Tuesday, May 03, 2022

Peruvian Angles, Zephyr Winds And Is This Crow Actually A Raven?

 May 3, 2022

   Fourteen years ago this coming August, Kathy and I flew to Peru to visit our son, Tommy, who was in the Peace Corp. He was stationed in a high mountain village called Yanque. While there I got inspired to take a bunch of photos of the incredible, ancient adobe angles of the buildings, the alleys and the interiors with the intent of doing a series of paintings. Came home, got busy running a magazine and forgot all about it until three days ago when I ran across the reference photos and thought, Hey, these have some potential. 

Daily Whip Outs:
"Peruvian Angles Revisited"

   And, here is a photo Kathy took of me coming out of one of these incredible Peruvian doorways, within a doorway.

Peruvian Doorways
And yes, the wall is that blue!

   Speaking of adobe walls, here's another view of the big, fat crow in the crow's nest:

This just in from my border brother

   "Actually that’s probably a raven. They tend to travel solo or in pairs, crows tend to flock up more
and are seen in groups. Ravens are bigger as well, but who can tell when there’s only one. Around here in Baja Arizona we generally have Chihuahua Ravens. To confirm that one needs a good long look at said bird with good binoculars to get a good look at neck feathers. Here we assume all ravens are Chihuahua birds. They frequent my pond and pasture, often recycle old hawk’s nests."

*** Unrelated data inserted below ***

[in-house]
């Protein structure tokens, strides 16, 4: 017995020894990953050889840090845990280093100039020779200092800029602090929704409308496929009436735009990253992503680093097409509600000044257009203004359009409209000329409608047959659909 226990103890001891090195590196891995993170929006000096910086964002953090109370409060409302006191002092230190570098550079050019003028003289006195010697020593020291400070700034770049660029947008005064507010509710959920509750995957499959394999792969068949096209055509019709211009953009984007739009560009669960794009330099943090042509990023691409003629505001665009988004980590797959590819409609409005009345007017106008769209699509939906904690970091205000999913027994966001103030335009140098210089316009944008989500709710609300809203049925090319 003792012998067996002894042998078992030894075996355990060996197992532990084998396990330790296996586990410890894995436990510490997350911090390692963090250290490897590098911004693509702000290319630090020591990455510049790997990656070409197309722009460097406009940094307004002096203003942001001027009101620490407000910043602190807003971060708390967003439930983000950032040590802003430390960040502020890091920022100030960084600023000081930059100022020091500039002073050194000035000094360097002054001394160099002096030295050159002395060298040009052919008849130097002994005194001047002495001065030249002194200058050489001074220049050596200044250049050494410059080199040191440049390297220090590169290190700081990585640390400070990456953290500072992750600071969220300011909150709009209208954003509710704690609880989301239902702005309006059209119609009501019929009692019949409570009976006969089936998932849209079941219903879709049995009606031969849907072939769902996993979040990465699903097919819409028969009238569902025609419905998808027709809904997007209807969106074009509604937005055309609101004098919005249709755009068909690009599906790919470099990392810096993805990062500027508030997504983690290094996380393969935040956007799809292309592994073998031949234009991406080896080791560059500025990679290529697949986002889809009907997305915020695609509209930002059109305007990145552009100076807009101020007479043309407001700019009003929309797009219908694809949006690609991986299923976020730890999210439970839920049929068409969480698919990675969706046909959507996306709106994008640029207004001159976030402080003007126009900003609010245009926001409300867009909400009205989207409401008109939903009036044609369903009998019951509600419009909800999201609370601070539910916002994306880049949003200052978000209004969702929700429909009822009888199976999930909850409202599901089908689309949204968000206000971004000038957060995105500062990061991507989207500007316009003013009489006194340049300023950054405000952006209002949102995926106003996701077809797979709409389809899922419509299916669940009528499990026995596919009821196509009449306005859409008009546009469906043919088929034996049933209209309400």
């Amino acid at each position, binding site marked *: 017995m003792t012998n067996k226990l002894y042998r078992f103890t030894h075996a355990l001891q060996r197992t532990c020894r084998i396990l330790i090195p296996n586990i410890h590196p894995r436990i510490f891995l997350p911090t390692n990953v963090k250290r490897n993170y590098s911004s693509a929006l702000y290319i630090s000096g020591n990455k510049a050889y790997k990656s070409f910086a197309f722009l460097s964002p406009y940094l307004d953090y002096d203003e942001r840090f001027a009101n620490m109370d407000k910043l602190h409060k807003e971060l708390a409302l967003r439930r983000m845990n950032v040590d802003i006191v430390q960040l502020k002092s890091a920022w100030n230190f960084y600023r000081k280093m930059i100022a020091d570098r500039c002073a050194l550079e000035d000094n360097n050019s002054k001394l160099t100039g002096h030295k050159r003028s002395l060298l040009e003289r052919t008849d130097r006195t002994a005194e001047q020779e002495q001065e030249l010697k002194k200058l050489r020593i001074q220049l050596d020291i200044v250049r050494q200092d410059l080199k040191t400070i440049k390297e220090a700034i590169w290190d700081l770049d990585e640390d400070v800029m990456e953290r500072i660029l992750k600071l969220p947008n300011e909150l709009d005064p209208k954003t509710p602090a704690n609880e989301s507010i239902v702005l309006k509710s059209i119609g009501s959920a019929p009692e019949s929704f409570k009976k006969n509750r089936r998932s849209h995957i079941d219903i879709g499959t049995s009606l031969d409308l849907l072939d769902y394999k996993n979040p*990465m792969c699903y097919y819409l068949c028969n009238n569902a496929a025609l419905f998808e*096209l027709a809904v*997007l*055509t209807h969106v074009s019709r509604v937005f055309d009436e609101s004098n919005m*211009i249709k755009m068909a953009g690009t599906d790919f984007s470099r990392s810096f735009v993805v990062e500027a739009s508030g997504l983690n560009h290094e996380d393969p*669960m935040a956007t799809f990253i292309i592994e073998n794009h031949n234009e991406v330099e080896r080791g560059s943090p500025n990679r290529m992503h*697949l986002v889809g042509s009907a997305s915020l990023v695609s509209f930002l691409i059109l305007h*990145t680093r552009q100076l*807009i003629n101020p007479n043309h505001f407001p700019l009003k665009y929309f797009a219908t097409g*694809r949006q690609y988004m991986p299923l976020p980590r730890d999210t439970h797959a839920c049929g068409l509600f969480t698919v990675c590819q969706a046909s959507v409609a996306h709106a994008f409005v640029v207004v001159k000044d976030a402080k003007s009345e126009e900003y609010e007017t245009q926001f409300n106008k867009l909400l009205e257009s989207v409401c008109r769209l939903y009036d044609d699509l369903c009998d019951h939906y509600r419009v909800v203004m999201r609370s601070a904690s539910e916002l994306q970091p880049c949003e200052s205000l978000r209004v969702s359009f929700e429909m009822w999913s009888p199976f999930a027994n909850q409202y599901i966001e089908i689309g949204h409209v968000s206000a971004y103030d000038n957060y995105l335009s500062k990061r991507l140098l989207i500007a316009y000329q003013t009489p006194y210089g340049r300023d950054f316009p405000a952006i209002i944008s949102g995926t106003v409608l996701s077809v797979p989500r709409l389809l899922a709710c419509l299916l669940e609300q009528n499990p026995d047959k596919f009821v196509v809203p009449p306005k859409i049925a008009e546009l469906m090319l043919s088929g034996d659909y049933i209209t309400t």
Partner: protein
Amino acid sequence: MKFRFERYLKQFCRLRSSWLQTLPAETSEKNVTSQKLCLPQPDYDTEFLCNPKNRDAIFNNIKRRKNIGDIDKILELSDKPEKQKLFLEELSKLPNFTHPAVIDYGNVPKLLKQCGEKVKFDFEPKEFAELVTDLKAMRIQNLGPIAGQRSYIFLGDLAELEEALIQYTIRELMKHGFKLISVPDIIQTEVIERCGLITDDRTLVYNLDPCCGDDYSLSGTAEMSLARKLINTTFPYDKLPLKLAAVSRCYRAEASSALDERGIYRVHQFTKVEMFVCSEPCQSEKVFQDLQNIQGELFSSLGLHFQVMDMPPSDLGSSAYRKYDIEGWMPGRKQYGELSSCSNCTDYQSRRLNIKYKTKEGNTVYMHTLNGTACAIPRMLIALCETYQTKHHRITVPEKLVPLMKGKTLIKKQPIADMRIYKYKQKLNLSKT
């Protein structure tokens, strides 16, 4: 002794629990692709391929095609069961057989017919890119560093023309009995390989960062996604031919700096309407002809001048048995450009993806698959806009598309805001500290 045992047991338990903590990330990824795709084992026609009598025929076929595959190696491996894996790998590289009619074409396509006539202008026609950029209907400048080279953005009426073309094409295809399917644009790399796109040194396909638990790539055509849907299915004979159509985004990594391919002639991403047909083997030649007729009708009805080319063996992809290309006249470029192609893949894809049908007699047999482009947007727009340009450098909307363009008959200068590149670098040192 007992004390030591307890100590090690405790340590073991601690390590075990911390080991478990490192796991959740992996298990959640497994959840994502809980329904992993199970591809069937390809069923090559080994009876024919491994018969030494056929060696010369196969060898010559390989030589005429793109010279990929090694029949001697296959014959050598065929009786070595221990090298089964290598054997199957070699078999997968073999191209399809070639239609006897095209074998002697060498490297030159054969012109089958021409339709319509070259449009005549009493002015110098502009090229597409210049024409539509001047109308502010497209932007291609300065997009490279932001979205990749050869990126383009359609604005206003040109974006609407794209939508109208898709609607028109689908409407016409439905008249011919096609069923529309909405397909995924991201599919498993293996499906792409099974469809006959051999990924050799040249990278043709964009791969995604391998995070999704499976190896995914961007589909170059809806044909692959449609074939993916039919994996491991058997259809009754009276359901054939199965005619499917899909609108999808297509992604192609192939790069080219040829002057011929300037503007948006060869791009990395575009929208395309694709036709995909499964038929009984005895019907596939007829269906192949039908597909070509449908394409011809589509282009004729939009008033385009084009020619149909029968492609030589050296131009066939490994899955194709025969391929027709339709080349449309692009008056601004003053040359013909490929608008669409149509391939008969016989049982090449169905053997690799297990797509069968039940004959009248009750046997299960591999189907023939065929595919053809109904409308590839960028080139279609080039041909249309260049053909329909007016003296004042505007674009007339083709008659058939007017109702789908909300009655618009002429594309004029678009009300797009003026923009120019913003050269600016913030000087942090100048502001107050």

—Greg Scott

The Winds of Change Are Upon Us

Daily Whip Out: "Dust Storm Troopers"

Daily Whip Out: "The Washoe Zephyr"

   "The 'Washoe Zephyr' (Washoe is a pet nickname for Nevada) is a peculiarly Scriptural wind, in that no man knoweth 'whence it cometh.' That is to say, where it originates. It comes right over the mountains from the West, but when one crosses the ridge he does not find any of it on the other side! It probably is manufactured on the mountaintop for the occasion, and starts from there. It is a pretty regular wind, in the summer-time. Its office-hours are from two in the afternoon till two the next morning; and anybody venturing abroad during those twelve hours needs to allow for the wind or he will bring up a mile or two to leeward of the point he is aiming at. And yet the first complaint a Washoe visitor to San Francisco makes, is that the sea-winds blow so, there! There is a good deal of human nature in that."
—Mark Twain, Roughing It

Daily Whip Out:
"Red Dust Over Blackhawk"

"There was a desert wind blowing that night.  It was one of those hot dry Santa Anas that come down through the mountain passes and curl your hair and make your nerves jump and your skin itch.  On nights like that every booze party ends in a fight.  Meek little wives feel the edge of the carving knife and study their husbands' necks.  Anything can happen.  You can even get a full glass of beer at a cocktail lounge."
—Raymond Chandler, Red Wind

September 26, 1948

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